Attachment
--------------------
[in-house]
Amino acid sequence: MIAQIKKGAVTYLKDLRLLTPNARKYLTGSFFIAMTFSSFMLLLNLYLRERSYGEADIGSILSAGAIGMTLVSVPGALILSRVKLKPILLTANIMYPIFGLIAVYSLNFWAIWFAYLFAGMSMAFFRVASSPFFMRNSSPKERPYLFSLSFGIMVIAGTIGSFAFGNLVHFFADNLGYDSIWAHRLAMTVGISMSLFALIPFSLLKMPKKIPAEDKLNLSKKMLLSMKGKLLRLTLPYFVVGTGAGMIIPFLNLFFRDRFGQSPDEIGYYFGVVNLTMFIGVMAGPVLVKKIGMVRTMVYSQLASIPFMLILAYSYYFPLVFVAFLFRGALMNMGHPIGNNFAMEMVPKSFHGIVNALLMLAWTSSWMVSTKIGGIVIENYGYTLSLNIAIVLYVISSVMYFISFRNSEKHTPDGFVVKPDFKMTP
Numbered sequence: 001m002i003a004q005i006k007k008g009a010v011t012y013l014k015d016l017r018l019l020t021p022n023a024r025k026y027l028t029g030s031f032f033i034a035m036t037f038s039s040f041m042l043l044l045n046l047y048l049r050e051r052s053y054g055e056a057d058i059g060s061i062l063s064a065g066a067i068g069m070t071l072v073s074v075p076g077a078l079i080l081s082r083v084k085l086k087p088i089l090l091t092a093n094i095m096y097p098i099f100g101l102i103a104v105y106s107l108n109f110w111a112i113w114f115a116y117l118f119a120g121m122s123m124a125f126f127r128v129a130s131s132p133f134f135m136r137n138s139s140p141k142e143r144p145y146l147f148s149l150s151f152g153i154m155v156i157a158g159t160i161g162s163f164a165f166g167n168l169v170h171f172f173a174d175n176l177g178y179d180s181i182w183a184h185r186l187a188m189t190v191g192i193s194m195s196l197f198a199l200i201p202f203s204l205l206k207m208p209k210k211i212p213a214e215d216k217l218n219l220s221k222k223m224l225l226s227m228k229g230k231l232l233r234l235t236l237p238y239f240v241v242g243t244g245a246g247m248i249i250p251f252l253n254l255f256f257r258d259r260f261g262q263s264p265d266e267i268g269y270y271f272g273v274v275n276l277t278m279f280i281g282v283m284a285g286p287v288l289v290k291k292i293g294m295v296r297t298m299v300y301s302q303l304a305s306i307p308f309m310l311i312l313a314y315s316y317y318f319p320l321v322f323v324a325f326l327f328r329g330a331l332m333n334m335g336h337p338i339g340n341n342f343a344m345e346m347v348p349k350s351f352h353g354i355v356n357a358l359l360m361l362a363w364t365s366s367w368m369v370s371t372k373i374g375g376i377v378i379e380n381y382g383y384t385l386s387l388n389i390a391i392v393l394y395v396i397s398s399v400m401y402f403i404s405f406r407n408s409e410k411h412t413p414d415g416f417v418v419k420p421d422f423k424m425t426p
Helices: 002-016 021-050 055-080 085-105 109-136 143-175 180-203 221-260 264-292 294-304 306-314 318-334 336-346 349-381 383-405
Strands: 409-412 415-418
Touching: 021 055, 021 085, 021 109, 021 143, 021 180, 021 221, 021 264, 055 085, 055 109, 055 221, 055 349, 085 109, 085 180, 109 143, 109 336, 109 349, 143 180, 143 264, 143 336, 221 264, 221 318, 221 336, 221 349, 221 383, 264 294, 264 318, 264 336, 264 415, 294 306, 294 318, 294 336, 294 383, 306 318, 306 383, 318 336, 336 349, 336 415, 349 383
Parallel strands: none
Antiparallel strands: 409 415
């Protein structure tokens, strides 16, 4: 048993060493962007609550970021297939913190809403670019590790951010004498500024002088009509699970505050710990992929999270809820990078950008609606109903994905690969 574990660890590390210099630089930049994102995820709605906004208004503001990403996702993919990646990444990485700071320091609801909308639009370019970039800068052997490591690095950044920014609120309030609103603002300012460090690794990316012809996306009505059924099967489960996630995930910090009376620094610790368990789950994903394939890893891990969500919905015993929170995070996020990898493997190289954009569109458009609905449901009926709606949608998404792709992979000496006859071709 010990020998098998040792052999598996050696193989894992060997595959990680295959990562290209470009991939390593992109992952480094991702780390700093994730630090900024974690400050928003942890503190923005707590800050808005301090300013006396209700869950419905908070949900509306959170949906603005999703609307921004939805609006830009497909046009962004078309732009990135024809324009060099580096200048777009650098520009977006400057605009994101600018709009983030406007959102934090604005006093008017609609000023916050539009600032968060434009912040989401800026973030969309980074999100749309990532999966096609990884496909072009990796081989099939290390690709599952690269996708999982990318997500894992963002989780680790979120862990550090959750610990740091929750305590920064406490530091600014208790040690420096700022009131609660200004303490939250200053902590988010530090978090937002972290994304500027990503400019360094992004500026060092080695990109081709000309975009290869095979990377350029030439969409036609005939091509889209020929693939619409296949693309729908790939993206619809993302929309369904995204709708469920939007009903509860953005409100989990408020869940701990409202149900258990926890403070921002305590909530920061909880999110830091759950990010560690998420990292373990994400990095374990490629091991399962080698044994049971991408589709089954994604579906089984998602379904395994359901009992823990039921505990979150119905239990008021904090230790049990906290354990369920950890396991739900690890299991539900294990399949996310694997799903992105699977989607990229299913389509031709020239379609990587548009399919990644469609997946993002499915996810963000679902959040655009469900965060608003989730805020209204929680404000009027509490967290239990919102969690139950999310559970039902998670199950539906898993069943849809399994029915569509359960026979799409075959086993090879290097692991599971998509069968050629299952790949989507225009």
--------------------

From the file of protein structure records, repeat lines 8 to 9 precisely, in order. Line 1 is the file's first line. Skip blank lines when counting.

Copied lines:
Antiparallel strands: 409 415
């Protein structure tokens, strides 16, 4: 048993060493962007609550970021297939913190809403670019590790951010004498500024002088009509699970505050710990992929999270809820990078950008609606109903994905690969 574990660890590390210099630089930049994102995820709605906004208004503001990403996702993919990646990444990485700071320091609801909308639009370019970039800068052997490591690095950044920014609120309030609103603002300012460090690794990316012809996306009505059924099967489960996630995930910090009376620094610790368990789950994903394939890893891990969500919905015993929170995070996020990898493997190289954009569109458009609905449901009926709606949608998404792709992979000496006859071709 010990020998098998040792052999598996050696193989894992060997595959990680295959990562290209470009991939390593992109992952480094991702780390700093994730630090900024974690400050928003942890503190923005707590800050808005301090300013006396209700869950419905908070949900509306959170949906603005999703609307921004939805609006830009497909046009962004078309732009990135024809324009060099580096200048777009650098520009977006400057605009994101600018709009983030406007959102934090604005006093008017609609000023916050539009600032968060434009912040989401800026973030969309980074999100749309990532999966096609990884496909072009990796081989099939290390690709599952690269996708999982990318997500894992963002989780680790979120862990550090959750610990740091929750305590920064406490530091600014208790040690420096700022009131609660200004303490939250200053902590988010530090978090937002972290994304500027990503400019360094992004500026060092080695990109081709000309975009290869095979990377350029030439969409036609005939091509889209020929693939619409296949693309729908790939993206619809993302929309369904995204709708469920939007009903509860953005409100989990408020869940701990409202149900258990926890403070921002305590909530920061909880999110830091759950990010560690998420990292373990994400990095374990490629091991399962080698044994049971991408589709089954994604579906089984998602379904395994359901009992823990039921505990979150119905239990008021904090230790049990906290354990369920950890396991739900690890299991539900294990399949996310694997799903992105699977989607990229299913389509031709020239379609990587548009399919990644469609997946993002499915996810963000679902959040655009469900965060608003989730805020209204929680404000009027509490967290239990919102969690139950999310559970039902998670199950539906898993069943849809399994029915569509359960026979799409075959086993090879290097692991599971998509069968050629299952790949989507225009």